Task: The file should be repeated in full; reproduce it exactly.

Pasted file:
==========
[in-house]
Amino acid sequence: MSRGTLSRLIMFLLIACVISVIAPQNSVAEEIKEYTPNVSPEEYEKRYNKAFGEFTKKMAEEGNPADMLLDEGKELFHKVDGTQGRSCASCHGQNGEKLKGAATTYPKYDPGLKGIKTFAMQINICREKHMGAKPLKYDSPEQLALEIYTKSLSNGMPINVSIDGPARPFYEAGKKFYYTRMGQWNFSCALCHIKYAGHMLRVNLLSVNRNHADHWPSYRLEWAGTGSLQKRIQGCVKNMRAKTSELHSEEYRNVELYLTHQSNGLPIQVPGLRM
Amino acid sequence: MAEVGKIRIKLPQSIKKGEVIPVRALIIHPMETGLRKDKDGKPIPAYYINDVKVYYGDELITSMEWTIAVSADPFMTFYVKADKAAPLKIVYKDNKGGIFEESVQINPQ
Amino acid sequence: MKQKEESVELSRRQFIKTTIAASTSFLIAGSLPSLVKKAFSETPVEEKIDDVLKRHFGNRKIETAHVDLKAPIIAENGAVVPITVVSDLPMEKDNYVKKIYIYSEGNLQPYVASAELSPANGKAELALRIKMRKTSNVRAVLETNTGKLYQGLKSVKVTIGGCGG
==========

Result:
[in-house]
Amino acid sequence: MSRGTLSRLIMFLLIACVISVIAPQNSVAEEIKEYTPNVSPEEYEKRYNKAFGEFTKKMAEEGNPADMLLDEGKELFHKVDGTQGRSCASCHGQNGEKLKGAATTYPKYDPGLKGIKTFAMQINICREKHMGAKPLKYDSPEQLALEIYTKSLSNGMPINVSIDGPARPFYEAGKKFYYTRMGQWNFSCALCHIKYAGHMLRVNLLSVNRNHADHWPSYRLEWAGTGSLQKRIQGCVKNMRAKTSELHSEEYRNVELYLTHQSNGLPIQVPGLRM
Amino acid sequence: MAEVGKIRIKLPQSIKKGEVIPVRALIIHPMETGLRKDKDGKPIPAYYINDVKVYYGDELITSMEWTIAVSADPFMTFYVKADKAAPLKIVYKDNKGGIFEESVQINPQ
Amino acid sequence: MKQKEESVELSRRQFIKTTIAASTSFLIAGSLPSLVKKAFSETPVEEKIDDVLKRHFGNRKIETAHVDLKAPIIAENGAVVPITVVSDLPMEKDNYVKKIYIYSEGNLQPYVASAELSPANGKAELALRIKMRKTSNVRAVLETNTGKLYQGLKSVKVTIGGCGG